By: Charles E. Wilson
Date: February 26, 1953
Source: Department of Energy. "DOE: Openness: Human Radiation Experiments."
About the Author: Charles E. Wilson (1890–1961) left the presidency of General Motors to serve as Secretary of Defense for President Dwight D. Eisenhower from 1953 to 1957. As a business executive of some note in the administration of a former United States Army general, Wilson was expected to concentrate on defense management rather than formulation of basic national security policy. Wilson reorganized the Department of Defense and attempted to run the Pentagon like a business corporation with much authority decentralized to allow for greater civilian control. He also implemented Eisenhower's New Look program for the military that reduced conventional weapons and increased the number of nuclear weapons in an effort to do more with less money. The Wilson-Eisenhower effort to curb defense expenditures provoked criticism from military leadership and Congress. In 1957, Wilson resigned his office and retired to Michigan.
From 1944 to 1974, the U.S. government prepared for possible war with the Soviet Union by attempting to determine the effects of radiation on the human body. Military and government leaders assumed that as both the United States and the Soviet Union possessed nuclear weapons, any war between the countries would likely involve nuclear attacks on major cities with hundreds of thousands of people likely suffering heavy radiation exposure.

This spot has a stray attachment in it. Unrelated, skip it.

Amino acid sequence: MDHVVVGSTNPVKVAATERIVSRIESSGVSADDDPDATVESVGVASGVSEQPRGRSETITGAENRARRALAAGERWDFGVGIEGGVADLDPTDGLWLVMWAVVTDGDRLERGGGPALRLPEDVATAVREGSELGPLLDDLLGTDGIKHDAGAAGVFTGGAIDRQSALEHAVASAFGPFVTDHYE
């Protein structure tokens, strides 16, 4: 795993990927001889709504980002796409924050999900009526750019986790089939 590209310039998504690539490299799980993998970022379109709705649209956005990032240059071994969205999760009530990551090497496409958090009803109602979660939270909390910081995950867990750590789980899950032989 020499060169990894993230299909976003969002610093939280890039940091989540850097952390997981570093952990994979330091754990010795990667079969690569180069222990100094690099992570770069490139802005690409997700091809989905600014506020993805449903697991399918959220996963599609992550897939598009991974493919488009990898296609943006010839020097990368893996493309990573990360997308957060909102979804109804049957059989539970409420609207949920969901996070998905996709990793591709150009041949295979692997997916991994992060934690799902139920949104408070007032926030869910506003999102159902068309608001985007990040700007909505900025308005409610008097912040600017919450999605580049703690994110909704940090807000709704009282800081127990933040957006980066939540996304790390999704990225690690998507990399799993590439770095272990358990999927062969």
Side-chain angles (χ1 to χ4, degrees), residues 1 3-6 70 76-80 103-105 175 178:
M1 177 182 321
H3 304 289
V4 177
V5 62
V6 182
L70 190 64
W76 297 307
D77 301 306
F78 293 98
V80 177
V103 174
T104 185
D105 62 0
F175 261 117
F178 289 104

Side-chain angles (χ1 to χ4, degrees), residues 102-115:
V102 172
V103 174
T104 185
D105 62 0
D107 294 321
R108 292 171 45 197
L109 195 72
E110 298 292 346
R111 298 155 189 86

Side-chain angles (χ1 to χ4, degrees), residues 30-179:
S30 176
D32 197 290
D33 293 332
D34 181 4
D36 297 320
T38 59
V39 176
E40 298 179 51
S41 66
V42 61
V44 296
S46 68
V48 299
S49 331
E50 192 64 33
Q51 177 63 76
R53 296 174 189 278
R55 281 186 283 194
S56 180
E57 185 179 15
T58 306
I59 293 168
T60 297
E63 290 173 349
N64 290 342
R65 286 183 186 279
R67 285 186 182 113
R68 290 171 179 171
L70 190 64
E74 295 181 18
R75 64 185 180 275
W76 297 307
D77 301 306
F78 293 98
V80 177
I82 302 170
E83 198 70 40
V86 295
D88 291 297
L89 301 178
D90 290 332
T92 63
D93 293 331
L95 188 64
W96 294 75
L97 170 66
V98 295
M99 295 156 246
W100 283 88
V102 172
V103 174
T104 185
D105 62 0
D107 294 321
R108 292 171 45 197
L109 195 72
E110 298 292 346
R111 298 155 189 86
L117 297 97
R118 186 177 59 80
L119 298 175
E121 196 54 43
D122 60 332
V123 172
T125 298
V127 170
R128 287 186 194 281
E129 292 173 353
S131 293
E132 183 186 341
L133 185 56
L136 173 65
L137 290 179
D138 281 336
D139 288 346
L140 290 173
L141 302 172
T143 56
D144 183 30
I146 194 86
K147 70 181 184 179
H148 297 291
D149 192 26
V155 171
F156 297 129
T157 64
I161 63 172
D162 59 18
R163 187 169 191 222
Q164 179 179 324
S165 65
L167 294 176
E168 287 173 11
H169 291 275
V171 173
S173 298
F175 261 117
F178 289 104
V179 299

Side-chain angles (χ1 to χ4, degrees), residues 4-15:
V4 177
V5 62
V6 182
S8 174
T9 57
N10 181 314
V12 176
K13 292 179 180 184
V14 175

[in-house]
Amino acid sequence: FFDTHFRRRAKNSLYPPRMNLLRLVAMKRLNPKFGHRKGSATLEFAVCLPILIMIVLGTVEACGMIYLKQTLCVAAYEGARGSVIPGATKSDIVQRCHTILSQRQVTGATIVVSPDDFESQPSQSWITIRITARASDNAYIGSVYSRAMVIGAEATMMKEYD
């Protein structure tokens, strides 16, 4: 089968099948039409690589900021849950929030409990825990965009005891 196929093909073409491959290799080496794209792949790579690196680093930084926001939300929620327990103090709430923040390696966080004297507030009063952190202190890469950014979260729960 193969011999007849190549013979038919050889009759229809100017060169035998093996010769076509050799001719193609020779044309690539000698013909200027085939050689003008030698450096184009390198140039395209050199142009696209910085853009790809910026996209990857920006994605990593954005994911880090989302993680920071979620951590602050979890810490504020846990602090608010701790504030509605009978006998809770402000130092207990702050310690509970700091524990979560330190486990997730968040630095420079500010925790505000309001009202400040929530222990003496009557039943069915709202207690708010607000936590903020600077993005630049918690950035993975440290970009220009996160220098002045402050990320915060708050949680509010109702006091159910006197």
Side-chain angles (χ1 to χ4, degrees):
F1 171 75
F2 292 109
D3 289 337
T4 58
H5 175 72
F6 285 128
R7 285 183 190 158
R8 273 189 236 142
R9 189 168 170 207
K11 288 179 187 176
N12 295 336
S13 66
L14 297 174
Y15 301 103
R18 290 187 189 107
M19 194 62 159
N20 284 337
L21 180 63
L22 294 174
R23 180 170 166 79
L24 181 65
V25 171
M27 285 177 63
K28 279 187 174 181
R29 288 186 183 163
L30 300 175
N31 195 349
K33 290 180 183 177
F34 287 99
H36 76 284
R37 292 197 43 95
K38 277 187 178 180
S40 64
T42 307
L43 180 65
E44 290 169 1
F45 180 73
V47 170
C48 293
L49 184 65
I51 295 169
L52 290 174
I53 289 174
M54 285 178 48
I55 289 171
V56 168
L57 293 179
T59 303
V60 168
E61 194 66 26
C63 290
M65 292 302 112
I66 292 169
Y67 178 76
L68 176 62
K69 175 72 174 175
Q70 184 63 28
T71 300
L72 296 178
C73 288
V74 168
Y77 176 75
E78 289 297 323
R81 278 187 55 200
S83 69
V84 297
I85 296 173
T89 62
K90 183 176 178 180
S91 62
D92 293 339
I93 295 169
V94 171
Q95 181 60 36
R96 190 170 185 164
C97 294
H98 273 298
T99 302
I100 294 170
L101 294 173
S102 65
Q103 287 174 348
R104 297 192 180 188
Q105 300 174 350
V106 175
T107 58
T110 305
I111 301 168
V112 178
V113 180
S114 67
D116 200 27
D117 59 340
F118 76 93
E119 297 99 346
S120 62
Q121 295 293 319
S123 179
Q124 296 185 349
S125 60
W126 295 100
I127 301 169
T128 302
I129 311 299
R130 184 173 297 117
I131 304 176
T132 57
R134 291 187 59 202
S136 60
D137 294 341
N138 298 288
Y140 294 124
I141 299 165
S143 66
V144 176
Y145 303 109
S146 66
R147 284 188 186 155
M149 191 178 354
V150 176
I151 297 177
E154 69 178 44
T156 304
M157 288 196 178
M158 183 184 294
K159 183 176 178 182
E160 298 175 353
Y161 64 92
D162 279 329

While radiation experiments were conducted in San Francisco, Chicago, and Rochester, New York, the experiments at Cincinnati General Hospital are perhaps the best known. For eleven years beginning in 1960, University of Cincinnati physicians at the hospital irradiated ninety unwitting patients as research for the Department of Defense. This project needed subjects who could be irradiated over their whole bodies as if for treatment of cancer. The radiation was given in one continuous dose in an effort to stimulate the exposure of soldiers in nuclear war. Twenty men and women died within a month of exposure.